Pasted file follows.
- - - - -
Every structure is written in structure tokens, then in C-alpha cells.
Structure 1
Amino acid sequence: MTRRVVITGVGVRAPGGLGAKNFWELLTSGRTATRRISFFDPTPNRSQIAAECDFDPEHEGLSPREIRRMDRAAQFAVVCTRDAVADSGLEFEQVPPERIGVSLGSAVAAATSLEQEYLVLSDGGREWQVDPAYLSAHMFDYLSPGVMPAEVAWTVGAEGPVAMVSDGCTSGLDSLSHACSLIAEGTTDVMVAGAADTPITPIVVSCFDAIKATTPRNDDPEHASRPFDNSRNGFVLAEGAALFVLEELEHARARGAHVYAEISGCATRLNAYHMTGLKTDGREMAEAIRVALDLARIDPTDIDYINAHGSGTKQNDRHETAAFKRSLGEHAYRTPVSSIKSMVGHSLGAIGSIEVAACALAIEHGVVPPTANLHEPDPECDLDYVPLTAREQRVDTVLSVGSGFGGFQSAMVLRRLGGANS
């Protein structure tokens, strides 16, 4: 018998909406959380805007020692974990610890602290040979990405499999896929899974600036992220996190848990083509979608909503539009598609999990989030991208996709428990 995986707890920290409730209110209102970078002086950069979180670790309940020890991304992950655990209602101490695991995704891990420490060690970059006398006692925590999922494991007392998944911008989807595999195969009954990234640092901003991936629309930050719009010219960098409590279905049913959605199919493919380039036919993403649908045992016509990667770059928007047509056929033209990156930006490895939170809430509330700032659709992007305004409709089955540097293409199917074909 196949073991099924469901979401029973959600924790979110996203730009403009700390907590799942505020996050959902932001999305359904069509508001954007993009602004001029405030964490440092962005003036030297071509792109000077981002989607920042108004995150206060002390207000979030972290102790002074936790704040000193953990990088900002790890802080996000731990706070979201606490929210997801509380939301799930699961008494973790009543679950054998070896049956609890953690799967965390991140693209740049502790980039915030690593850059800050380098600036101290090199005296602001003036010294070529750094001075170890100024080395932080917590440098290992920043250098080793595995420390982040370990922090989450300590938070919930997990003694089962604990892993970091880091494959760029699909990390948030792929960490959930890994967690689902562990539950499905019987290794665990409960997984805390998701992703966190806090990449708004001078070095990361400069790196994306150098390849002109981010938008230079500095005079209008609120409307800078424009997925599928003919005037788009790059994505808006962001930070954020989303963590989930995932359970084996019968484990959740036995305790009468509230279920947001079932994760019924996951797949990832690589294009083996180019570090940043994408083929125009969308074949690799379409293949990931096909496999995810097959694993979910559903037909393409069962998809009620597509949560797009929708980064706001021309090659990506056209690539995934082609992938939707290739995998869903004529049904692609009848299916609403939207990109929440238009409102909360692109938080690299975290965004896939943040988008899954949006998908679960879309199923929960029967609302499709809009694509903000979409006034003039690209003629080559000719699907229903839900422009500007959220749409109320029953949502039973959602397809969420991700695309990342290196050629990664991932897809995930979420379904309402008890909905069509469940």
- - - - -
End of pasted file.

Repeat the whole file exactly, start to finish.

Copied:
Every structure is written in structure tokens, then in C-alpha cells.
Structure 1
Amino acid sequence: MTRRVVITGVGVRAPGGLGAKNFWELLTSGRTATRRISFFDPTPNRSQIAAECDFDPEHEGLSPREIRRMDRAAQFAVVCTRDAVADSGLEFEQVPPERIGVSLGSAVAAATSLEQEYLVLSDGGREWQVDPAYLSAHMFDYLSPGVMPAEVAWTVGAEGPVAMVSDGCTSGLDSLSHACSLIAEGTTDVMVAGAADTPITPIVVSCFDAIKATTPRNDDPEHASRPFDNSRNGFVLAEGAALFVLEELEHARARGAHVYAEISGCATRLNAYHMTGLKTDGREMAEAIRVALDLARIDPTDIDYINAHGSGTKQNDRHETAAFKRSLGEHAYRTPVSSIKSMVGHSLGAIGSIEVAACALAIEHGVVPPTANLHEPDPECDLDYVPLTAREQRVDTVLSVGSGFGGFQSAMVLRRLGGANS
């Protein structure tokens, strides 16, 4: 018998909406959380805007020692974990610890602290040979990405499999896929899974600036992220996190848990083509979608909503539009598609999990989030991208996709428990 995986707890920290409730209110209102970078002086950069979180670790309940020890991304992950655990209602101490695991995704891990420490060690970059006398006692925590999922494991007392998944911008989807595999195969009954990234640092901003991936629309930050719009010219960098409590279905049913959605199919493919380039036919993403649908045992016509990667770059928007047509056929033209990156930006490895939170809430509330700032659709992007305004409709089955540097293409199917074909 196949073991099924469901979401029973959600924790979110996203730009403009700390907590799942505020996050959902932001999305359904069509508001954007993009602004001029405030964490440092962005003036030297071509792109000077981002989607920042108004995150206060002390207000979030972290102790002074936790704040000193953990990088900002790890802080996000731990706070979201606490929210997801509380939301799930699961008494973790009543679950054998070896049956609890953690799967965390991140693209740049502790980039915030690593850059800050380098600036101290090199005296602001003036010294070529750094001075170890100024080395932080917590440098290992920043250098080793595995420390982040370990922090989450300590938070919930997990003694089962604990892993970091880091494959760029699909990390948030792929960490959930890994967690689902562990539950499905019987290794665990409960997984805390998701992703966190806090990449708004001078070095990361400069790196994306150098390849002109981010938008230079500095005079209008609120409307800078424009997925599928003919005037788009790059994505808006962001930070954020989303963590989930995932359970084996019968484990959740036995305790009468509230279920947001079932994760019924996951797949990832690589294009083996180019570090940043994408083929125009969308074949690799379409293949990931096909496999995810097959694993979910559903037909393409069962998809009620597509949560797009929708980064706001021309090659990506056209690539995934082609992938939707290739995998869903004529049904692609009848299916609403939207990109929440238009409102909360692109938080690299975290965004896939943040988008899954949006998908679960879309199923929960029967609302499709809009694509903000979409006034003039690209003629080559000719699907229903839900422009500007959220749409109320029953949502039973959602397809969420991700695309990342290196050629990664991932897809995930979420379904309402008890909905069509469940």